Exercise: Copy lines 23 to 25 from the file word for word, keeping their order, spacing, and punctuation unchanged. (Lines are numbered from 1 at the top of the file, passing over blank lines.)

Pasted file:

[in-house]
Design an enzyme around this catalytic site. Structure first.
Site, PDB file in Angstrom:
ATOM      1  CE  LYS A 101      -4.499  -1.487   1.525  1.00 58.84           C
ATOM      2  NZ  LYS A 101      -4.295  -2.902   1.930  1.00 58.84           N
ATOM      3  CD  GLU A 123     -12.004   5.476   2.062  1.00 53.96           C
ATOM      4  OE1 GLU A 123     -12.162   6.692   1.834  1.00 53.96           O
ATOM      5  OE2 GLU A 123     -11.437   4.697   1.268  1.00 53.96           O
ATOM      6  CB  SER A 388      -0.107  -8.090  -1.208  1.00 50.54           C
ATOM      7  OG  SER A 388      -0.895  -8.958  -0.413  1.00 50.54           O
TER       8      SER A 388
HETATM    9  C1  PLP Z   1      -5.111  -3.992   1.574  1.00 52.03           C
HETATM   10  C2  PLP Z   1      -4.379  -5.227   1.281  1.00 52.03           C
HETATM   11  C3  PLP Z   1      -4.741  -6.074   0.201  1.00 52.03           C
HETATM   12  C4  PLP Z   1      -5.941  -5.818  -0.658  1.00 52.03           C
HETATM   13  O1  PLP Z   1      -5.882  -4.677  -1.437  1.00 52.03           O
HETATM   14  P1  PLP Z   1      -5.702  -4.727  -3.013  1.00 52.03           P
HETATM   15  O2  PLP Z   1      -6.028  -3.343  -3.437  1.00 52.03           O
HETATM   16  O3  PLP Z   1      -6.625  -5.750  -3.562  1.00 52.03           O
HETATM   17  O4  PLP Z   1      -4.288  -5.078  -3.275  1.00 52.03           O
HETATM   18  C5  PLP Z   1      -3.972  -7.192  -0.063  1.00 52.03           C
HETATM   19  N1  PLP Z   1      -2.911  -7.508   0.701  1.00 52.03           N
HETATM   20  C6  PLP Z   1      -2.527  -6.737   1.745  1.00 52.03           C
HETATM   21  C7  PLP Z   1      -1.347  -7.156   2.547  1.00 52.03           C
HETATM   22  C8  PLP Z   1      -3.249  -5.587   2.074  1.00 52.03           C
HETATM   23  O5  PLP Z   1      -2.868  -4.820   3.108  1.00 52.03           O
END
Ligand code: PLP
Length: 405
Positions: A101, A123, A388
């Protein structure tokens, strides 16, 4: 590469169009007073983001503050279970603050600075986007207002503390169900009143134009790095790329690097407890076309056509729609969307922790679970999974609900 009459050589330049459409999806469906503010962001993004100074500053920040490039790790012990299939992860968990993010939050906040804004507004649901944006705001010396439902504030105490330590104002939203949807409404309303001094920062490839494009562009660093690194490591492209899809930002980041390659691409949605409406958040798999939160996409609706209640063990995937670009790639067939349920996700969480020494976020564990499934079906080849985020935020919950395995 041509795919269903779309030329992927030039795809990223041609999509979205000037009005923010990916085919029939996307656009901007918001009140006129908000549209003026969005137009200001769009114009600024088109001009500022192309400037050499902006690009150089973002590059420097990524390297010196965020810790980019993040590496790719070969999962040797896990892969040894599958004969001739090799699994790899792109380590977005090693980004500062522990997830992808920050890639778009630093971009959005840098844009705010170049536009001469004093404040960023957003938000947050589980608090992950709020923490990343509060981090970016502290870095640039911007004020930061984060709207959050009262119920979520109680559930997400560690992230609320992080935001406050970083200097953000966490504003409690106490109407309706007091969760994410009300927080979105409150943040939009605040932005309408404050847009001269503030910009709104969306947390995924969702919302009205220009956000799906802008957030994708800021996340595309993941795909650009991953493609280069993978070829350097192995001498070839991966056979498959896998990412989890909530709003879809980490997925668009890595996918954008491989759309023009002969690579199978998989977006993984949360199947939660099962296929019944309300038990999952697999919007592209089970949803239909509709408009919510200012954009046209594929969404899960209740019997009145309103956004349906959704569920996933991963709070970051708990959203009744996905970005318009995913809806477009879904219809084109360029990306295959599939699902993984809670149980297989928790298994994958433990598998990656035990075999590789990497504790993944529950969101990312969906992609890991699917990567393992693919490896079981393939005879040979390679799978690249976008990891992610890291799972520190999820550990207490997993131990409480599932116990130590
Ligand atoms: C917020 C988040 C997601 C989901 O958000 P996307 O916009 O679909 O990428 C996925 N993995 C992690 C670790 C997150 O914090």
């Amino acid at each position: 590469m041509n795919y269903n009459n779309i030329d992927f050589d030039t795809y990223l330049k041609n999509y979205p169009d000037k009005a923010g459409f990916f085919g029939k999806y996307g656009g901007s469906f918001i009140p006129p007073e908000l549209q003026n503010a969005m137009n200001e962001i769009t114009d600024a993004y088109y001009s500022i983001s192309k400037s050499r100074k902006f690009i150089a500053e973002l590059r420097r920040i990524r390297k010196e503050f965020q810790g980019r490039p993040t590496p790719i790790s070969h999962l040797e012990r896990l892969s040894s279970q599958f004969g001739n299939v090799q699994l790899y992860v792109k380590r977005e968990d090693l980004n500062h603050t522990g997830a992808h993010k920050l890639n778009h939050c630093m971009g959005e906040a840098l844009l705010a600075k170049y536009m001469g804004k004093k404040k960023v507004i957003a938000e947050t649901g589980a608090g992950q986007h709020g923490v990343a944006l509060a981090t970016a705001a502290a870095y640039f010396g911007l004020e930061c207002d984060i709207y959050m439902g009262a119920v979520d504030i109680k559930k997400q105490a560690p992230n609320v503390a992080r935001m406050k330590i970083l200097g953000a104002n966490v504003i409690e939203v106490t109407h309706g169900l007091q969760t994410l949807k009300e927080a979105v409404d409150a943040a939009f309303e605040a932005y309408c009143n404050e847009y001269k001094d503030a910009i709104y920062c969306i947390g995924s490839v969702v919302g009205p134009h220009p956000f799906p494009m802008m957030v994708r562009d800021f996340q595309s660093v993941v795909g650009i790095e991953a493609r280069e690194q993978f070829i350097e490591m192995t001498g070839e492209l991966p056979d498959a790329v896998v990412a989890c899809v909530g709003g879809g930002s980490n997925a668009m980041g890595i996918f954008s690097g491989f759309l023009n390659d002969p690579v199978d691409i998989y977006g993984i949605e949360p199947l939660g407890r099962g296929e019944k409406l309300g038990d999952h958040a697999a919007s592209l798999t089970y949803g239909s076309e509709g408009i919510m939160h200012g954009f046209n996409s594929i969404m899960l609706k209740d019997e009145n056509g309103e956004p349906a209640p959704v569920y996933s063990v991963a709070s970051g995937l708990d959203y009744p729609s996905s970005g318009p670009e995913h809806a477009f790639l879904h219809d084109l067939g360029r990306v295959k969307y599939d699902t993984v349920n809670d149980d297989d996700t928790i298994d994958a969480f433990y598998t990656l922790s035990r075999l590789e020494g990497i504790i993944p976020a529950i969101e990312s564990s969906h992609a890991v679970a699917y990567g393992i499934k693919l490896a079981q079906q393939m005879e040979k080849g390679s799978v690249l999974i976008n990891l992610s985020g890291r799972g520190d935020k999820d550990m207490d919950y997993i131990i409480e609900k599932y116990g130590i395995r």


HETATM   20  C6  PLP Z   1      -2.527  -6.737   1.745  1.00 52.03           C
HETATM   21  C7  PLP Z   1      -1.347  -7.156   2.547  1.00 52.03           C
HETATM   22  C8  PLP Z   1      -3.249  -5.587   2.074  1.00 52.03           C